Using an accurate mass and time tag strategy 249

Joshua N. Adkins, Matthew E. Monroe, Kenneth J. Auberry, Yufeng Shen, Jon M.Jacobs, David G. Camp II, Frank Vitzthum, Karin D. Rodland, Richard, C. Zangar, Richard D. Smith and Joel G. Pounds

11.1 Introduction 250

11.2 Materials and methods 251

11.2.1 Human blood serum and plasma 251

11.2.2 Depletion of Igs and trypsin digestion 252

11.2.3 Peptide cleanup 252

11.2.4 Capillary RP-LC 253

11.2.6 SEQUEST identification of peptides 254

11.2.7 Putative mass and time tag database from SEQUEST results 254

11.2.8 FT-ICR-MS 255

11.2.9 cLC-FT-ICR MS data analysis 255

11.2.10 OmniViz cluster and visual analysis 257

11.3 Results 257

11.3.1 PuMT tag database 257

11.3.2 Summary of peptide/protein identifications by AMT tags 258

11.3.3 Protein concentration estimates from ion current 260

11.3.4 Global protein analysis 263

11.4 Discussion 264

11.4.1 Application of FT-ICR MS as a proteomic technology bridge 264

11.4.2 Confidence in any MS-based proteomic approach 266

11.4.3 Peptide/protein redundancy 267

11.4.4 Identification sensitivity versus specificity 267

11.4.5 Throughput and differential analysis 269

11.5 References 270

12 Analysis of Human Proteome Organization Plasma Proteome Project (HUPO PPP) reference specimens usingsurface enhanced laserdesorption/ ionization-time of flight (SELDI-TOF) mass spectrometry: Multi-institution correlation of spectra and identification of biomarkers 273

Alex J. Rai, Paul M. Stemmer, Zhen Zhang, Bao-lingAdam, William T. Morgan, Rebecca E. Cajjrey, Vladimir N. Podust, Manisha Patel, Lih-yin Lim, Natalia V. Shipulina, Daniel W. Chan, O.John Semmes and Hon-chiu Eastwood Leung

12.1 Introduction 273

12.2 Materials and methods 275

12.2.1 Sample preparation 275

12.2.2 Sample preprocessing 275

12.2.3 Target (CM10) chip preparation and sample incubation 275

12.2.4 Scanning protocol 276

12.2.5 Data processing 276

12.2.6 Bioinformatics analysis of data and correlation coefficient matrix 276

12.2.7 Protein purification, SDS-PAGE analysis, and extraction of proteins 276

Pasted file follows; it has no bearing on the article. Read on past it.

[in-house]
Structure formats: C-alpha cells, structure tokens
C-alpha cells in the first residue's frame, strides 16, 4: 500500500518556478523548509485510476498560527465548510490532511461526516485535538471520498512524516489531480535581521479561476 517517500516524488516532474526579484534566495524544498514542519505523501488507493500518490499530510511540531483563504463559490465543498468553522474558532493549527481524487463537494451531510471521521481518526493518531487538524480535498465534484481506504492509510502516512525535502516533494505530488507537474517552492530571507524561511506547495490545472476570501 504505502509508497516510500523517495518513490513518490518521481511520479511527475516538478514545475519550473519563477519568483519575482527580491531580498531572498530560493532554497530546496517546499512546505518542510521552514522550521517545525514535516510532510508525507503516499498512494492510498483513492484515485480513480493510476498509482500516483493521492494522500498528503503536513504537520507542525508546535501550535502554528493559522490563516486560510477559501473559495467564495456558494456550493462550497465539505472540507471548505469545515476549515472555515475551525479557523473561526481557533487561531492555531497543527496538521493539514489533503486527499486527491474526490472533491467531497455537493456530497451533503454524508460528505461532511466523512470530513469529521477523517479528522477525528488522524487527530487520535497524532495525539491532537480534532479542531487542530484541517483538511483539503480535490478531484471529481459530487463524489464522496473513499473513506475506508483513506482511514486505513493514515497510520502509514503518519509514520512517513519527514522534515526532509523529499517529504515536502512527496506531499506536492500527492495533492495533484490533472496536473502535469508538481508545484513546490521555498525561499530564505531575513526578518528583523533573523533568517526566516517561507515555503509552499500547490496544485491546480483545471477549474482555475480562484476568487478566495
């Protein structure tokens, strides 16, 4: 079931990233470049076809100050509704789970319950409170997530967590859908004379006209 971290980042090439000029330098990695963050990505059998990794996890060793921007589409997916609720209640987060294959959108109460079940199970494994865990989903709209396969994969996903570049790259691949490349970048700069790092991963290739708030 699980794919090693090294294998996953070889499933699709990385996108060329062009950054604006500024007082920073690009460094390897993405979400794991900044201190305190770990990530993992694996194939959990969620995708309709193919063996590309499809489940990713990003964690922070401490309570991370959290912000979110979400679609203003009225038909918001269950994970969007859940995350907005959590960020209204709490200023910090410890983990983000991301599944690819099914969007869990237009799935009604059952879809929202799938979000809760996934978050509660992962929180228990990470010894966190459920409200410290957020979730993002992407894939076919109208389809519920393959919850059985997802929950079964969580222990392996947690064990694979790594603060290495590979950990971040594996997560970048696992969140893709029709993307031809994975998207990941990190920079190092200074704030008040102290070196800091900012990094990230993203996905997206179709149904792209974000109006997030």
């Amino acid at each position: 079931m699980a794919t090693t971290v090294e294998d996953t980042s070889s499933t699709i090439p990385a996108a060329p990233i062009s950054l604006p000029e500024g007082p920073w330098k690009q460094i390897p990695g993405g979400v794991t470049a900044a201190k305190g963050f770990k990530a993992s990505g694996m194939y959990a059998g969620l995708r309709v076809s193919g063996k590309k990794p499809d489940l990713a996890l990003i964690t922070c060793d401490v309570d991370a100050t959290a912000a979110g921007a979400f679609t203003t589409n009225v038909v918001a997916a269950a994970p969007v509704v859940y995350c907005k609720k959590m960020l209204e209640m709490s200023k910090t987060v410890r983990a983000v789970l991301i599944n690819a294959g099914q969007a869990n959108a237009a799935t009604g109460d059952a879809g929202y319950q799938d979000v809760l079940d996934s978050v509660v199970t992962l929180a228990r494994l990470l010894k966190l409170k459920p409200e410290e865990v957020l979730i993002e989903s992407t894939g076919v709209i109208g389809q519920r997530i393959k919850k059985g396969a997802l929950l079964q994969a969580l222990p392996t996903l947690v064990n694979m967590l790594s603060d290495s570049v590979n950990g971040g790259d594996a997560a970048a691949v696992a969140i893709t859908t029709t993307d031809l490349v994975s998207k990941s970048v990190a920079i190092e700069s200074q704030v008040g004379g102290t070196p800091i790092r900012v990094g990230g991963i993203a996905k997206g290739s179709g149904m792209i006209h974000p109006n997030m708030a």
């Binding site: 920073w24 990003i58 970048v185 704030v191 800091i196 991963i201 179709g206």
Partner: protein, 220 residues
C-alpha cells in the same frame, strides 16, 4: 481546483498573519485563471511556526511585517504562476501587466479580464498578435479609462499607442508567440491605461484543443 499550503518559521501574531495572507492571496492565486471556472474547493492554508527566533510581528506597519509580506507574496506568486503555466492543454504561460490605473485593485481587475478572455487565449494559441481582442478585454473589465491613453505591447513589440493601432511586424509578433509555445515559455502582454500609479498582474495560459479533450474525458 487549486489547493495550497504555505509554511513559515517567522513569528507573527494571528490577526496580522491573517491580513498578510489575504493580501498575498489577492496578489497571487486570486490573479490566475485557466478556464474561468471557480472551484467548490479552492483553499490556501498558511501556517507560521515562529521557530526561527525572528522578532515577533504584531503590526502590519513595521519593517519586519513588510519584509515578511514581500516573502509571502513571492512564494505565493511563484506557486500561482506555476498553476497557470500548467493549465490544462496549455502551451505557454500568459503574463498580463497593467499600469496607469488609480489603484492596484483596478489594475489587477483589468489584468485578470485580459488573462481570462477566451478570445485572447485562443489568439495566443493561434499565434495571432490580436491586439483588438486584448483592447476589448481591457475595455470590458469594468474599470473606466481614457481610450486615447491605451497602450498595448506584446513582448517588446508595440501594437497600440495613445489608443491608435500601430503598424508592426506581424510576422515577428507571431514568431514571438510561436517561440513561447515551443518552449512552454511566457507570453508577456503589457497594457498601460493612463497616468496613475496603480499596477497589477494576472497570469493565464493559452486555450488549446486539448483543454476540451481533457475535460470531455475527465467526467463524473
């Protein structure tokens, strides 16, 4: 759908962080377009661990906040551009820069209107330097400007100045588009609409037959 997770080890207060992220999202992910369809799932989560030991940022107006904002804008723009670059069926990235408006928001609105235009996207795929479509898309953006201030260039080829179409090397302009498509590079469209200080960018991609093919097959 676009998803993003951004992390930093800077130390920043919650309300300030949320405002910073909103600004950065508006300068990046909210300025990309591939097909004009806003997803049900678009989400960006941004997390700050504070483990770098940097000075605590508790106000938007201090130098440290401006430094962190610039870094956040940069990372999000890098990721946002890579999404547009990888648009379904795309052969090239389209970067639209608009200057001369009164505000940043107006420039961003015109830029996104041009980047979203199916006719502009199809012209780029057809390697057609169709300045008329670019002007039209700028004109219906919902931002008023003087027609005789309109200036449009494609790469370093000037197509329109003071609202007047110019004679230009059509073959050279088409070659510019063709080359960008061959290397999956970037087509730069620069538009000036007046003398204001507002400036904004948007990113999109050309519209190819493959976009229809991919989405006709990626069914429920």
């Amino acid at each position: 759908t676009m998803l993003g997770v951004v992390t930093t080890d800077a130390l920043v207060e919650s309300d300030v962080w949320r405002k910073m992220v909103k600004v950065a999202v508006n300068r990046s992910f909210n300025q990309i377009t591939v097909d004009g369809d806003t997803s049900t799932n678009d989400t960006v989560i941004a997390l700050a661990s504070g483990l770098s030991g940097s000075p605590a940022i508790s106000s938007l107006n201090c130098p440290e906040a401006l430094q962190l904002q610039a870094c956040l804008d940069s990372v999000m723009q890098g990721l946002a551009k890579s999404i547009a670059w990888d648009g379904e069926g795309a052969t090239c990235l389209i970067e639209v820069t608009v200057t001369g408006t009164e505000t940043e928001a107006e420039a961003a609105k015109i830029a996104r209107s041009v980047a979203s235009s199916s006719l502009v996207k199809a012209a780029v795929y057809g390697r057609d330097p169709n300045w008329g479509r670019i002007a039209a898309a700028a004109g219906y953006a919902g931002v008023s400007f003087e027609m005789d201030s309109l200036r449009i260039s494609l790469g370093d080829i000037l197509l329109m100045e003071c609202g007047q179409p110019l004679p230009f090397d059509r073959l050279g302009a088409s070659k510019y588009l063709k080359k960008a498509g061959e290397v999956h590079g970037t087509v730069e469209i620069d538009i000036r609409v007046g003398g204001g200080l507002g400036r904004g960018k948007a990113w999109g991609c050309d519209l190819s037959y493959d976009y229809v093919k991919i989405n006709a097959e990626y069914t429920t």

12.2.8 Peptide mass fingerprinting (PMF) 277

12.2.9 MS/MS analysis 277

12.2.10 Western blot analysis 277

12.3 Results 278

12.4 Discussion 283

12.5 References 286

13 An evaluation, comparison, and accurate benchmarking of several publicly available MS/MS search algorithms: Sensitivity and specificity analysis 289

Eugene A. Kapp, Frédéric Schütz, Lisa M. Connolly, John A. Chakel,Jose E. Meza, Christine A. Miller, David Fenyo, Jimmy K. Eng, Joshua N. Adkins, Gilbert S. Omenn and Richard J. Simpson 13.1 Introduction 289 13.1.1 Heuristic algorithms 293

13.1.2 Probabilistic algorithms 292

13.2 Materials and methods 292

13.2.1 HUPO-PPP reference specimens 292

13.2.2 Sample preparation and MS analysis 293

13.2.3 Protein sequence databases 293

13.2.4 MS/MS database search strategy 293

13.2.4.1 SEQUESTand MASCOT workflow performed by the JPSL research group 294

13.2.4.2 SEQUESTand PeptideProphet workflow performed by the ISB research group 294

13.2.4.3 Spectrum Mill workflow performed by the Agilent group 295

13.2.4.4 Sonar and X!Tandem workflow performed by David Fenyo 295

13.2.5 Web interface for data validation, integration, and cross annotation 295

13.2.6 ROC curve generation 297

13.3 Results and discussion 298

13.3.1 Comparison of MS/MS search algorithms 299

13.3.1.1 Sensitivity and concordance between MS/MS search algorithms 299

13.3.1.2 Specificity and discriminatory power ofthe primary score statistic for the different MS/MS search algorithms: Distribution of scores and ROC plots 302

13.3.1.3 Calculation of score thresholds based on specified FP identification error rates 304

13.3.1.4 Benchmarking ofthe different MS/MS search algorithms at 1% FP error rate 320

13.3.1.5 Effect of database size and search strategy 322

13.3.1.6 Utility of reversed sequence searches 322

13.3.1.7 Consensus scoring between MS/MS search algorithms 322

13.4 Concluding remarks 323

13.5 References 324

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